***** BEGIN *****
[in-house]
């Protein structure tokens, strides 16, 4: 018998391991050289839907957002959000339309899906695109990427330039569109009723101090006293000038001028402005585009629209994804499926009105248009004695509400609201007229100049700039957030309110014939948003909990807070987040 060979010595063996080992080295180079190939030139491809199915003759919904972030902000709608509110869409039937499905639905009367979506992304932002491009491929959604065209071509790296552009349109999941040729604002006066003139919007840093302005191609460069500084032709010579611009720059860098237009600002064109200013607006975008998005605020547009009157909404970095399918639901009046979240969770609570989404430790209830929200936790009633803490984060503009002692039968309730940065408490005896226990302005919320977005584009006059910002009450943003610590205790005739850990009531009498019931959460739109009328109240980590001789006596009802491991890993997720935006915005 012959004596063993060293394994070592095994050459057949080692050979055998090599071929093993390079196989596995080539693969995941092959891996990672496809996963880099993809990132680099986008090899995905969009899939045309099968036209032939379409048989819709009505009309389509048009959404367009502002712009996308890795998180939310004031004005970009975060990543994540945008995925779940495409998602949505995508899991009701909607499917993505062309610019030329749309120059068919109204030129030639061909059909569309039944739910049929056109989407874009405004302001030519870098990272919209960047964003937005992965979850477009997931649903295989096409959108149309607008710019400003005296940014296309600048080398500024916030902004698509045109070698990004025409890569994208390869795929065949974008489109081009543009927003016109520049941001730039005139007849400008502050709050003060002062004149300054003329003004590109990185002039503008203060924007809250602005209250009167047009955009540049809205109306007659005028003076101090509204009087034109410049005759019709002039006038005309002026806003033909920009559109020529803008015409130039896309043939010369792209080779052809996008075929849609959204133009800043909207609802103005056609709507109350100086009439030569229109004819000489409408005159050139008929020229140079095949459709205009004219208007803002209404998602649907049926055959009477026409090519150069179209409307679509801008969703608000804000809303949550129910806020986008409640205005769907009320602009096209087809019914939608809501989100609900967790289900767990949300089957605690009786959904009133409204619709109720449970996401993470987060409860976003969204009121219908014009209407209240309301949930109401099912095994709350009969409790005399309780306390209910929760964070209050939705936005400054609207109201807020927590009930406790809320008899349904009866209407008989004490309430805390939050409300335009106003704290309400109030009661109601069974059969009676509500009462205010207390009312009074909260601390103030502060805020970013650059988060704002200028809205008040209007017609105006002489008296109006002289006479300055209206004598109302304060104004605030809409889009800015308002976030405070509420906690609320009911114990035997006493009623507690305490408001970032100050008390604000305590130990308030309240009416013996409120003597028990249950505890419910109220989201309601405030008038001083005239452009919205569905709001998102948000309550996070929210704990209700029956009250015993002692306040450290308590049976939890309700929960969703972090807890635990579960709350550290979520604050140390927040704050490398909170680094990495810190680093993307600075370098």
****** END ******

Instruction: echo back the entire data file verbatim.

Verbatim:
[in-house]
């Protein structure tokens, strides 16, 4: 018998391991050289839907957002959000339309899906695109990427330039569109009723101090006293000038001028402005585009629209994804499926009105248009004695509400609201007229100049700039957030309110014939948003909990807070987040 060979010595063996080992080295180079190939030139491809199915003759919904972030902000709608509110869409039937499905639905009367979506992304932002491009491929959604065209071509790296552009349109999941040729604002006066003139919007840093302005191609460069500084032709010579611009720059860098237009600002064109200013607006975008998005605020547009009157909404970095399918639901009046979240969770609570989404430790209830929200936790009633803490984060503009002692039968309730940065408490005896226990302005919320977005584009006059910002009450943003610590205790005739850990009531009498019931959460739109009328109240980590001789006596009802491991890993997720935006915005 012959004596063993060293394994070592095994050459057949080692050979055998090599071929093993390079196989596995080539693969995941092959891996990672496809996963880099993809990132680099986008090899995905969009899939045309099968036209032939379409048989819709009505009309389509048009959404367009502002712009996308890795998180939310004031004005970009975060990543994540945008995925779940495409998602949505995508899991009701909607499917993505062309610019030329749309120059068919109204030129030639061909059909569309039944739910049929056109989407874009405004302001030519870098990272919209960047964003937005992965979850477009997931649903295989096409959108149309607008710019400003005296940014296309600048080398500024916030902004698509045109070698990004025409890569994208390869795929065949974008489109081009543009927003016109520049941001730039005139007849400008502050709050003060002062004149300054003329003004590109990185002039503008203060924007809250602005209250009167047009955009540049809205109306007659005028003076101090509204009087034109410049005759019709002039006038005309002026806003033909920009559109020529803008015409130039896309043939010369792209080779052809996008075929849609959204133009800043909207609802103005056609709507109350100086009439030569229109004819000489409408005159050139008929020229140079095949459709205009004219208007803002209404998602649907049926055959009477026409090519150069179209409307679509801008969703608000804000809303949550129910806020986008409640205005769907009320602009096209087809019914939608809501989100609900967790289900767990949300089957605690009786959904009133409204619709109720449970996401993470987060409860976003969204009121219908014009209407209240309301949930109401099912095994709350009969409790005399309780306390209910929760964070209050939705936005400054609207109201807020927590009930406790809320008899349904009866209407008989004490309430805390939050409300335009106003704290309400109030009661109601069974059969009676509500009462205010207390009312009074909260601390103030502060805020970013650059988060704002200028809205008040209007017609105006002489008296109006002289006479300055209206004598109302304060104004605030809409889009800015308002976030405070509420906690609320009911114990035997006493009623507690305490408001970032100050008390604000305590130990308030309240009416013996409120003597028990249950505890419910109220989201309601405030008038001083005239452009919205569905709001998102948000309550996070929210704990209700029956009250015993002692306040450290308590049976939890309700929960969703972090807890635990579960709350550290979520604050140390927040704050490398909170680094990495810190680093993307600075370098």